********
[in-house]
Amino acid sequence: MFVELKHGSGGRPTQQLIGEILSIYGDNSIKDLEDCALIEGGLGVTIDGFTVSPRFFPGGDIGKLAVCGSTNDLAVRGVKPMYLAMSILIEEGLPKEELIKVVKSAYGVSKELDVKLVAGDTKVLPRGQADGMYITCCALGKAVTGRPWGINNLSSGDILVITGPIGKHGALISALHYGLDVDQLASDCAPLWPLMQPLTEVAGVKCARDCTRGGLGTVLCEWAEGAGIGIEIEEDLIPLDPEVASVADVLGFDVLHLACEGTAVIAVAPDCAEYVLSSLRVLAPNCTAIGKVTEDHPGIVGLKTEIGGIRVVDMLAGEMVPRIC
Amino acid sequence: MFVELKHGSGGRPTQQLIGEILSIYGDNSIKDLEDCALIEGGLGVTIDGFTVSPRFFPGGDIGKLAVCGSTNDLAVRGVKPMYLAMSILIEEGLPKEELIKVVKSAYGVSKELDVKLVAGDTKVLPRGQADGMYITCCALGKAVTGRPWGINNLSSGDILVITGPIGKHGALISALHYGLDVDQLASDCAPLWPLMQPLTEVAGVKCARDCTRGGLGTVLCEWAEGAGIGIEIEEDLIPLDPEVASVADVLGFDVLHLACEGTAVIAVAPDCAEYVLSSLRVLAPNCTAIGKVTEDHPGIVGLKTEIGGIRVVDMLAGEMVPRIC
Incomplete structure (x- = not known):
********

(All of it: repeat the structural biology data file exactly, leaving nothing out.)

[in-house]
Amino acid sequence: MFVELKHGSGGRPTQQLIGEILSIYGDNSIKDLEDCALIEGGLGVTIDGFTVSPRFFPGGDIGKLAVCGSTNDLAVRGVKPMYLAMSILIEEGLPKEELIKVVKSAYGVSKELDVKLVAGDTKVLPRGQADGMYITCCALGKAVTGRPWGINNLSSGDILVITGPIGKHGALISALHYGLDVDQLASDCAPLWPLMQPLTEVAGVKCARDCTRGGLGTVLCEWAEGAGIGIEIEEDLIPLDPEVASVADVLGFDVLHLACEGTAVIAVAPDCAEYVLSSLRVLAPNCTAIGKVTEDHPGIVGLKTEIGGIRVVDMLAGEMVPRIC
Amino acid sequence: MFVELKHGSGGRPTQQLIGEILSIYGDNSIKDLEDCALIEGGLGVTIDGFTVSPRFFPGGDIGKLAVCGSTNDLAVRGVKPMYLAMSILIEEGLPKEELIKVVKSAYGVSKELDVKLVAGDTKVLPRGQADGMYITCCALGKAVTGRPWGINNLSSGDILVITGPIGKHGALISALHYGLDVDQLASDCAPLWPLMQPLTEVAGVKCARDCTRGGLGTVLCEWAEGAGIGIEIEEDLIPLDPEVASVADVLGFDVLHLACEGTAVIAVAPDCAEYVLSSLRVLAPNCTAIGKVTEDHPGIVGLKTEIGGIRVVDMLAGEMVPRIC
Incomplete structure (x- = not known):